Yemen Arab Republic
الجمهورية العربية اليمنية
al-Jumhūrīyah al-‘Arabīyah al-Yamanīyah
Anthem: Peace To The Land (1962-1978)
A Nation's Will (1978-1990)
|Religion||Islam (Sunni and Zaidi)|
|Government||Unitary one-party Islamic state under a military junta|
• 1962–1967 (first)
• 1978–1990 (last)
|Ali Abdullah Saleh|
• 1962–1963 (first)
• 1983–1990 (last)
|Abdul Aziz Abdul Ghani|
|Historical era||Cold War|
|26 September 1962|
|22 May 1990|
|1990||195,000 km2 (75,000 sq mi)|
|Currency||North Yemeni rial|
|Today part of||Yemen|
The Yemen Arab Republic (YAR; Arabic: الجمهورية العربية اليمنية al-Jumhūrīyah al-‘Arabīyah al-Yamanīyah), also known as North Yemen or Yemen (Sanaʽa), was a country from 1962 to 1990 in the western part of what is now Yemen. Its capital was at Sanaʽa. It united with the People's Democratic Republic of Yemen (commonly known as South Yemen), on May 22, 1990, to form the current Republic of Yemen.
This section does not cite any sources. (February 2012) (Learn how and when to remove this template message)
Following the collapse of the Ottoman Empire in 1918 after the Great War, northern Yemen became an independent state as the Mutawakkilite Kingdom of Yemen. On 27 September 1962, revolutionaries inspired by the Arab nationalist ideology of United Arab Republic (Egyptian) President Gamal Abdel Nasser deposed the newly crowned King Muhammad al-Badr, took control of Sanaʽa, and established the Yemen Arab Republic (YAR). This coup d'état marked the beginning of the North Yemen Civil War that pitted YAR troops, assisted by the United Arab Republic (Egypt), against Badr's royalist forces, supported by Saudi Arabia and Jordan. Conflict continued periodically until 1967, when Egyptian troops were withdrawn to join the conflict of the Six-Day War. By 1968, following a final royalist siege of Sanaʽa, most of the opposing leaders reached a reconciliation. Saudi Arabia recognized the Republic in 1970.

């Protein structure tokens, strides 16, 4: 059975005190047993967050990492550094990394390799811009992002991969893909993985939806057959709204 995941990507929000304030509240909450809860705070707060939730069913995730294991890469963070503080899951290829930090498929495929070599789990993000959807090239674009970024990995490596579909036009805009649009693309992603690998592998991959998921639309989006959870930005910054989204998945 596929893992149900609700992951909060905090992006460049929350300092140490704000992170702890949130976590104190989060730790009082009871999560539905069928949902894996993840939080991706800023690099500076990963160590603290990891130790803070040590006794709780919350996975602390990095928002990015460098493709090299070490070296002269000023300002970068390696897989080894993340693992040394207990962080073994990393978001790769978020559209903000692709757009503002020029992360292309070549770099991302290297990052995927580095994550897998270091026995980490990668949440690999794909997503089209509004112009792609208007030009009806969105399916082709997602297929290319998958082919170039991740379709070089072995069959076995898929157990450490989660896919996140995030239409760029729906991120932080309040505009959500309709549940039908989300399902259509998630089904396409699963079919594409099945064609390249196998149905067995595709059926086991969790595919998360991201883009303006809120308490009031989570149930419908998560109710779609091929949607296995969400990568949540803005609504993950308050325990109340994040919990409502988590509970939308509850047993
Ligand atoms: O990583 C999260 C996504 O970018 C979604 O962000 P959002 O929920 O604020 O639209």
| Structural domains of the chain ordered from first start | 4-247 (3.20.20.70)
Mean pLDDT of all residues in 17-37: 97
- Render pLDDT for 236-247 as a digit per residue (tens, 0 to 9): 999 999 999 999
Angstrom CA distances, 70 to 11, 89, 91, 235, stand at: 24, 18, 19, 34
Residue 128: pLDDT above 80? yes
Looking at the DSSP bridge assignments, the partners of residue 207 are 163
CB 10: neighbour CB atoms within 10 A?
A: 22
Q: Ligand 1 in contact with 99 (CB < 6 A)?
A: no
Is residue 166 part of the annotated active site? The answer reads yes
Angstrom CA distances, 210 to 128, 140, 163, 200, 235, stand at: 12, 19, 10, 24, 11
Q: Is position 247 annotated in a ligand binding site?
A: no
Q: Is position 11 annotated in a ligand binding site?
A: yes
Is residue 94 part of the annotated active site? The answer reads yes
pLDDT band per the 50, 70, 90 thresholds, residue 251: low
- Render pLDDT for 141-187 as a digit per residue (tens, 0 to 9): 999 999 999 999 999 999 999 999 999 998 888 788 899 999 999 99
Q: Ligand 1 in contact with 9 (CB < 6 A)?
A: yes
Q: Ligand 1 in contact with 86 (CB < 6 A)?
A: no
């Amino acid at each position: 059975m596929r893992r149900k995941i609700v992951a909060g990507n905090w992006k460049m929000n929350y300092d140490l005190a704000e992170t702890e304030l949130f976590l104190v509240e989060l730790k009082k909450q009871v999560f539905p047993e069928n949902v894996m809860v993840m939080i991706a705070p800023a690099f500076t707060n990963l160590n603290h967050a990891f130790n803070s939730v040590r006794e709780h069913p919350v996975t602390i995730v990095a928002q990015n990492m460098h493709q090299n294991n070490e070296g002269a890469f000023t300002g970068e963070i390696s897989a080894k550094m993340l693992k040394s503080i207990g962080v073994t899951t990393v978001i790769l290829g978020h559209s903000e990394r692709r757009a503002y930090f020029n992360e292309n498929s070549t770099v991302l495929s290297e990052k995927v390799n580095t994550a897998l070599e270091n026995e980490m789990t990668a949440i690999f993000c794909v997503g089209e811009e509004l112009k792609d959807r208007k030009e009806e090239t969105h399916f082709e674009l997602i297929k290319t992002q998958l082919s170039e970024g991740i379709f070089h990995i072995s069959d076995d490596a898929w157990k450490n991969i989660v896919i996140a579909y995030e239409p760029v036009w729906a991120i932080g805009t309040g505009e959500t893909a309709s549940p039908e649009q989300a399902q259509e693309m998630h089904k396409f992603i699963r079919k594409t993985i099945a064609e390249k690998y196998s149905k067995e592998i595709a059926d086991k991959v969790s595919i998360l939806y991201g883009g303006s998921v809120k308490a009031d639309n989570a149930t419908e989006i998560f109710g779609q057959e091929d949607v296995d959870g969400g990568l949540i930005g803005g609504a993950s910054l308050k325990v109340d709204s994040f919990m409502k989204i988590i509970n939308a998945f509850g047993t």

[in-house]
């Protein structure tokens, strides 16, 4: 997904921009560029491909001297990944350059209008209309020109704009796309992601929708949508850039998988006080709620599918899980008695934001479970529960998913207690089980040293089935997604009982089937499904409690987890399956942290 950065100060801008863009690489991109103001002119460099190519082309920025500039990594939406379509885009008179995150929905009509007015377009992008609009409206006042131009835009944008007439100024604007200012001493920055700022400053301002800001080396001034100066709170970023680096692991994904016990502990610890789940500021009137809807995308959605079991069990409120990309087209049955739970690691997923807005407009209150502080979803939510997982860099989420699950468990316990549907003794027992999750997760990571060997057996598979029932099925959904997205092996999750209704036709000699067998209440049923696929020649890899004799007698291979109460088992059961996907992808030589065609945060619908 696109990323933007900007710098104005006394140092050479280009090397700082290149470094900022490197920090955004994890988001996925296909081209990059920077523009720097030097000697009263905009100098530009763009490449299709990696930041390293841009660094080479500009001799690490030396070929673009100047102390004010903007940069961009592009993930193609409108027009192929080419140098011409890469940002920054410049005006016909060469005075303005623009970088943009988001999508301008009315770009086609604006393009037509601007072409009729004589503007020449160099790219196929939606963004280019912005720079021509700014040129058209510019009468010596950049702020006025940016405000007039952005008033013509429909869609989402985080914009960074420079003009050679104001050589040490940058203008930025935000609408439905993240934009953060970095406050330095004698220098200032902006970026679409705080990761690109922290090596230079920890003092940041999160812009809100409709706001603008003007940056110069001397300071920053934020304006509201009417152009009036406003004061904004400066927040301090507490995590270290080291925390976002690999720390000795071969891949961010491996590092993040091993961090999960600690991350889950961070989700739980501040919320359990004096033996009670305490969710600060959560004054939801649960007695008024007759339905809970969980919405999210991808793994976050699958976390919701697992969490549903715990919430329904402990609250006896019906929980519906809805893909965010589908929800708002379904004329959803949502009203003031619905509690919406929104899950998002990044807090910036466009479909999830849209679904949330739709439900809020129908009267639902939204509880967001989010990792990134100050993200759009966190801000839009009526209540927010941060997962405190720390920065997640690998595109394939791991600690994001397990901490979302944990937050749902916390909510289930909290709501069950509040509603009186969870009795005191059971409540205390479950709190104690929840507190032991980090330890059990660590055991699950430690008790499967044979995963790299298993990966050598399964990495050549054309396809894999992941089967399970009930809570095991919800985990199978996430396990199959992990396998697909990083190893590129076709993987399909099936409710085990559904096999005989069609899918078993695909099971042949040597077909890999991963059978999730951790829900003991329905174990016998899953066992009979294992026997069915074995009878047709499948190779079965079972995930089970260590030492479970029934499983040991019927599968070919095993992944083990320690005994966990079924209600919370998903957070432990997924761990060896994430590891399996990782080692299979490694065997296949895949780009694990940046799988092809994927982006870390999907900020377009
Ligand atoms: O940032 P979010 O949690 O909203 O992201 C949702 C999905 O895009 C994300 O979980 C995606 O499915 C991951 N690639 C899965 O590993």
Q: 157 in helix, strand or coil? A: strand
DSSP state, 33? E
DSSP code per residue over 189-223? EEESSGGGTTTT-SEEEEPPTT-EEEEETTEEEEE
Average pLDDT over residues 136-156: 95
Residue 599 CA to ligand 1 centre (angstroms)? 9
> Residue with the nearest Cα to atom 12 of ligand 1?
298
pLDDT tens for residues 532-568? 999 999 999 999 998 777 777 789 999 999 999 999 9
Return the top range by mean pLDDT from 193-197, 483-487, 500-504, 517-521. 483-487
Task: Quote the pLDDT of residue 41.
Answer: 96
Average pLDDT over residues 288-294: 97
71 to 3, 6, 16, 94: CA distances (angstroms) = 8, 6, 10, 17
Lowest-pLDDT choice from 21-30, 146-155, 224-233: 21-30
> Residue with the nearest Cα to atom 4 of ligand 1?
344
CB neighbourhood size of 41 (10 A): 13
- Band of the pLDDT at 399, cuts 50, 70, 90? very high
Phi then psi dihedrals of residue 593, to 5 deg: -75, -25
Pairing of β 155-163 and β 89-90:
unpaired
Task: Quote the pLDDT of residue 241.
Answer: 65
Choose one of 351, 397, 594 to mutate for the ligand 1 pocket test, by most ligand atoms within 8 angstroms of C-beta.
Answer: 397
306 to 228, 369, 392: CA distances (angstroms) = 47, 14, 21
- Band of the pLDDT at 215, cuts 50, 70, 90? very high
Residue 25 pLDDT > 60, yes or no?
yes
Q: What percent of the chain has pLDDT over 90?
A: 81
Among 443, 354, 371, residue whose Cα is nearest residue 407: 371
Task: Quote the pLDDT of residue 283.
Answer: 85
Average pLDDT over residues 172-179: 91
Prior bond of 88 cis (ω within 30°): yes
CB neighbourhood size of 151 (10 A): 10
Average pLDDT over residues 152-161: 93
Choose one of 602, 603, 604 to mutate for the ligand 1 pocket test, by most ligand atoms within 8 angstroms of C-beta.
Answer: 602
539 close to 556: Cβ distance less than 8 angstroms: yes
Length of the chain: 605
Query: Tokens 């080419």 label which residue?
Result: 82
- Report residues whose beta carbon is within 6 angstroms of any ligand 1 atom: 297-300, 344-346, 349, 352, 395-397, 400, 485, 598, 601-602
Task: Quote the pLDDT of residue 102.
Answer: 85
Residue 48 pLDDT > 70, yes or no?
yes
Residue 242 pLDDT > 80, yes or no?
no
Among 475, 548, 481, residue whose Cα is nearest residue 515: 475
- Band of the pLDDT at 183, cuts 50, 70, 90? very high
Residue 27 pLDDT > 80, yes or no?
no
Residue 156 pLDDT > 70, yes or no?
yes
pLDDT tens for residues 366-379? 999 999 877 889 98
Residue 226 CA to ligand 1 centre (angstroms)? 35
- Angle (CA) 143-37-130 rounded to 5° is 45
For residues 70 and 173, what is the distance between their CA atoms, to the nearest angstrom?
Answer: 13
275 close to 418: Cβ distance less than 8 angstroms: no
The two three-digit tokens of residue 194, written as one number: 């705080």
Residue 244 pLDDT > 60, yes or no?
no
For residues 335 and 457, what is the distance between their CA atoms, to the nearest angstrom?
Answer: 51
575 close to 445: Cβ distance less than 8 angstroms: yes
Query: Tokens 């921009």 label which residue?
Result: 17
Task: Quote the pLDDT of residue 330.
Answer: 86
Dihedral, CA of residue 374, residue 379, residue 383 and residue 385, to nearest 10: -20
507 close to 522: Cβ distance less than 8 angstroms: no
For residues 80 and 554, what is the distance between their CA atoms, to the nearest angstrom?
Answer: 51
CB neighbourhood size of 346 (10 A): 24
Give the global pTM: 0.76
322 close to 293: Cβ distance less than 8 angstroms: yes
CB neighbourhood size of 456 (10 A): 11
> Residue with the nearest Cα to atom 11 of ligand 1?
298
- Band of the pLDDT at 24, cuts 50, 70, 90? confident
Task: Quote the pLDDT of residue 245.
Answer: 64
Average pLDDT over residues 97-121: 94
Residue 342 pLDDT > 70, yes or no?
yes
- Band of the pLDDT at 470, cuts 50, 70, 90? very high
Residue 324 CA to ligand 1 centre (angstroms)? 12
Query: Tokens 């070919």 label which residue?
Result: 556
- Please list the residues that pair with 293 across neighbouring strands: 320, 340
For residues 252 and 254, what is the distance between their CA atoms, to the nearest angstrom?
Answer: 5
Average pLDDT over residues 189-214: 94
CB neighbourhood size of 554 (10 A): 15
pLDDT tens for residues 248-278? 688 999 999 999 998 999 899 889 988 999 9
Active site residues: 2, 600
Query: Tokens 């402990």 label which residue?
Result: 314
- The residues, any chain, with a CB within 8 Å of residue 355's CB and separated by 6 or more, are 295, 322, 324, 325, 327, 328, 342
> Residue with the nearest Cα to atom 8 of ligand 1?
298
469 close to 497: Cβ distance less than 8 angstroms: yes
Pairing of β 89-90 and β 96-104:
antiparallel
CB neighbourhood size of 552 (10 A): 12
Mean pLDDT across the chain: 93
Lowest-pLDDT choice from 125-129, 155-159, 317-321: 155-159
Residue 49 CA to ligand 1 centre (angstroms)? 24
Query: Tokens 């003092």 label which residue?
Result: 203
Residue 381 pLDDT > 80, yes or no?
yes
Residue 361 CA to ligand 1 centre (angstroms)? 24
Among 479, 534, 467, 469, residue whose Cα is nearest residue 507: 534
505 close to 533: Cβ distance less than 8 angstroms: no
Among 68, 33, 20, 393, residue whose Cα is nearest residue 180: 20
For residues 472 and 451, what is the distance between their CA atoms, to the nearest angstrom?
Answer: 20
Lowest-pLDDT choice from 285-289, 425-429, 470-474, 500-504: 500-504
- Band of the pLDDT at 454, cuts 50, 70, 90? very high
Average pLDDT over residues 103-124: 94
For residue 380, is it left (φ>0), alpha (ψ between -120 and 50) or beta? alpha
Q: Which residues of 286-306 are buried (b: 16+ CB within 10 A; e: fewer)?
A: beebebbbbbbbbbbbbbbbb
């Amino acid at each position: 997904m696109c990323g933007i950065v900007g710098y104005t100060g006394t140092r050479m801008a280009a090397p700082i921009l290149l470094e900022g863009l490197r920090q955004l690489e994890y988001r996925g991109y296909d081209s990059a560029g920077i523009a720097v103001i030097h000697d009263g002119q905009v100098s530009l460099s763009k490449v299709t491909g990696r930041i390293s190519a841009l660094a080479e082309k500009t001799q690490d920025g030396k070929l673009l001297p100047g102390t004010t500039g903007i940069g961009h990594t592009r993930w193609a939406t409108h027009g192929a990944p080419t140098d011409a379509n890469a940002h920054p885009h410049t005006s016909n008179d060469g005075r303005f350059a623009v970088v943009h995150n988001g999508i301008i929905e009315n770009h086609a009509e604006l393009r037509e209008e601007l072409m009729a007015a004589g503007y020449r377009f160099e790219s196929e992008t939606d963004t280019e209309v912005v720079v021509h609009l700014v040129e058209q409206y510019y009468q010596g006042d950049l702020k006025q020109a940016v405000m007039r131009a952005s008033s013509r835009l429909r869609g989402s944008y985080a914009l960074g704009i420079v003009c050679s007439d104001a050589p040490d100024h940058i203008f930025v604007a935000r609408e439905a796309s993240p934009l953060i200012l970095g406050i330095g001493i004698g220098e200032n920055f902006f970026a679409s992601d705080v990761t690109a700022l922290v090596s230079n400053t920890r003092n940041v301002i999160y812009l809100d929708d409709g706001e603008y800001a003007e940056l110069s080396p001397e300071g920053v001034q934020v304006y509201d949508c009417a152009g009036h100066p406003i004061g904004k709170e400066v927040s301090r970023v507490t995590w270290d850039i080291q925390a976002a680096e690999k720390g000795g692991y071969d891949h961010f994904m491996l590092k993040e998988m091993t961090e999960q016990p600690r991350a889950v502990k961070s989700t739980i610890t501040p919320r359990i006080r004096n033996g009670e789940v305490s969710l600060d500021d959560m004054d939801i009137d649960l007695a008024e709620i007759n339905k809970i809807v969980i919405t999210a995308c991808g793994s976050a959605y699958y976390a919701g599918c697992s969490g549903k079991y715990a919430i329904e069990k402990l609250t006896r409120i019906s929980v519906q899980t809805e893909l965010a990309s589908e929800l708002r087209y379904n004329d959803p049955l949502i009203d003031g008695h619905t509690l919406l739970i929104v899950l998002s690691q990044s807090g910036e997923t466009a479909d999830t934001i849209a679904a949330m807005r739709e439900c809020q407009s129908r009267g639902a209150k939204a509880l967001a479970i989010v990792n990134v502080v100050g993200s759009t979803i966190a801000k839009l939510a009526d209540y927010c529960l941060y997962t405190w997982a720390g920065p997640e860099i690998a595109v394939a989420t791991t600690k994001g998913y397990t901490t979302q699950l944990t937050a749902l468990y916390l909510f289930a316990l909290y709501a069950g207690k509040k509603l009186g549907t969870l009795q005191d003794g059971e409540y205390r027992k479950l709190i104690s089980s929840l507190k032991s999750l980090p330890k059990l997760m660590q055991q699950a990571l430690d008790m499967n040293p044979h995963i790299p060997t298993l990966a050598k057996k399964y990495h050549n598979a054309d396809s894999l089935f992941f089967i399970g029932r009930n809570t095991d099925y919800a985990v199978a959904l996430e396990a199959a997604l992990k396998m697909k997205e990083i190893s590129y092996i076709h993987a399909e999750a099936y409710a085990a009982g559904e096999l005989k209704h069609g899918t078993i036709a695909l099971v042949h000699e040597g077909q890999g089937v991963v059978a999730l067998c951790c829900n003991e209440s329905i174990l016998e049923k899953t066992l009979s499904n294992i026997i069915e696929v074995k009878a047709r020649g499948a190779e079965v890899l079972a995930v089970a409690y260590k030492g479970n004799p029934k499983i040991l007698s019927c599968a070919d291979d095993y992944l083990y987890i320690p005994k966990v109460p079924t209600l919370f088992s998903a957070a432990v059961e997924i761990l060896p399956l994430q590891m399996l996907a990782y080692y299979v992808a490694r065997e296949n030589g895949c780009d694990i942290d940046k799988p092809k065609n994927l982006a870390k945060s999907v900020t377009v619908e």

Unlike East and West Germany or North and South Korea, the YAR and its southern neighbor, the People's Democratic Republic of Yemen (PDRY), also known as South Yemen, remained relatively friendly, though relations were often strained. Following the Yemenite War of 1972, the two nations declared that unification would eventually occur. However, these plans were put on hold due to the Yemenite War of 1979, and war was stopped only by an Arab League intervention. The goal of unity was reaffirmed by the northern and southern heads of state during a summit meeting in Kuwait in March 1979.
In May 1988, the YAR and PDRY governments came to an understanding that considerably reduced tensions. They agreed to renew discussions concerning unification, to establish a joint oil exploration area along their undefined border, to demilitarize the border, and to allow Yemenis unrestricted border passage on the basis of a national identification card.
Official Yemeni unification took place on May 22, 1990, with a planned, 30-month process, scheduled for completion in November 1992. The first stamp bearing the inscription "Yemen Republic" was issued in October 1990. While government ministries proceeded to merge, both currencies remained valid until 11 June 1996. A civil war in 1994 delayed the completion of the final merger.